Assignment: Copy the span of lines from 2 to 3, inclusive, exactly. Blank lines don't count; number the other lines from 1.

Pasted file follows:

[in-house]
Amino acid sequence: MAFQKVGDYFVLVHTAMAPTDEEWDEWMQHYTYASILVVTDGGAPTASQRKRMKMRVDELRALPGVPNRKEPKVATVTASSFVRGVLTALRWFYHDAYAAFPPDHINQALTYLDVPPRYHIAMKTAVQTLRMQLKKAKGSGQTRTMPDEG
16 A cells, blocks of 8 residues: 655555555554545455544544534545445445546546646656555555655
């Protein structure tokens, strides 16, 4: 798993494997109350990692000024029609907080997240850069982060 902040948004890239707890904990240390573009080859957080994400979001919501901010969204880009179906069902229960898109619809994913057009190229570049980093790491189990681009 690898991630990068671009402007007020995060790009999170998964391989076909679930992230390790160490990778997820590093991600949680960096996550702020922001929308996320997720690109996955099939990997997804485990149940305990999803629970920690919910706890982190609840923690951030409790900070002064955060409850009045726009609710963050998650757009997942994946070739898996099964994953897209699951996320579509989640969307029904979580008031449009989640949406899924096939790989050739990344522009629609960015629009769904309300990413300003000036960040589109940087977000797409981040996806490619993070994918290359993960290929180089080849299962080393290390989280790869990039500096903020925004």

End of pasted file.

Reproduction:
Amino acid sequence: MAFQKVGDYFVLVHTAMAPTDEEWDEWMQHYTYASILVVTDGGAPTASQRKRMKMRVDELRALPGVPNRKEPKVATVTASSFVRGVLTALRWFYHDAYAAFPPDHINQALTYLDVPPRYHIAMKTAVQTLRMQLKKAKGSGQTRTMPDEG
16 A cells, blocks of 8 residues: 655555555554545455544544534545445445546546646656555555655